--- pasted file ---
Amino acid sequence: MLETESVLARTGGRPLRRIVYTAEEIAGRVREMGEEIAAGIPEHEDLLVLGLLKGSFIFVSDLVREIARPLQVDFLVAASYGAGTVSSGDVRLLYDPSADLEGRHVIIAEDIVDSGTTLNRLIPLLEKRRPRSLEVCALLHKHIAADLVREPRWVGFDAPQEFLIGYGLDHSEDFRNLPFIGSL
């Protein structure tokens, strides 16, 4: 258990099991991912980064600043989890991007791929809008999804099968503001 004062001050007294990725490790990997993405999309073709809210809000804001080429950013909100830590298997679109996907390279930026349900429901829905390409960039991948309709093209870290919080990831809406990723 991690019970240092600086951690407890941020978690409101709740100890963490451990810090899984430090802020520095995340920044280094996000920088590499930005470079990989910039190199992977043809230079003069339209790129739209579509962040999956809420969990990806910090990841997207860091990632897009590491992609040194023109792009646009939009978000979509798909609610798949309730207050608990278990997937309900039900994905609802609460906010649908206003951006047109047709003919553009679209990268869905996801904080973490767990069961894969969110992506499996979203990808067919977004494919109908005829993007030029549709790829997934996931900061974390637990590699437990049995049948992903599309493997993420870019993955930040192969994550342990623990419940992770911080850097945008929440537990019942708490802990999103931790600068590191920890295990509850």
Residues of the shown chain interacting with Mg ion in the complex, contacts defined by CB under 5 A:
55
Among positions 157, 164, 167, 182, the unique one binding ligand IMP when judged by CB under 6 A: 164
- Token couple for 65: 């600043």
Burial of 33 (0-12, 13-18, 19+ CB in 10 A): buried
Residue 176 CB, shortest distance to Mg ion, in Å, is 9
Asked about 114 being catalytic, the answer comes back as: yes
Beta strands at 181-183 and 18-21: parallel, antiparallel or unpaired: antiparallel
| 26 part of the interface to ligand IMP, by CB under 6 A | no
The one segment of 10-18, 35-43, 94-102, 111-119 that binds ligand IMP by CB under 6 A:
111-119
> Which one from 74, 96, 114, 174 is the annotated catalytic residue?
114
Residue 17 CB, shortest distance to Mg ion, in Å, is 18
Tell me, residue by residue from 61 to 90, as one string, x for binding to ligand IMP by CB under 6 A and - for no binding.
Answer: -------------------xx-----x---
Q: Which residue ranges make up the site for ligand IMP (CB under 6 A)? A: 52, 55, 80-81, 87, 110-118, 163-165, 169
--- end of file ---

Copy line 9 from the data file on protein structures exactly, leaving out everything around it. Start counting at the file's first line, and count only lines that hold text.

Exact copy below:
Asked about 114 being catalytic, the answer comes back as: yes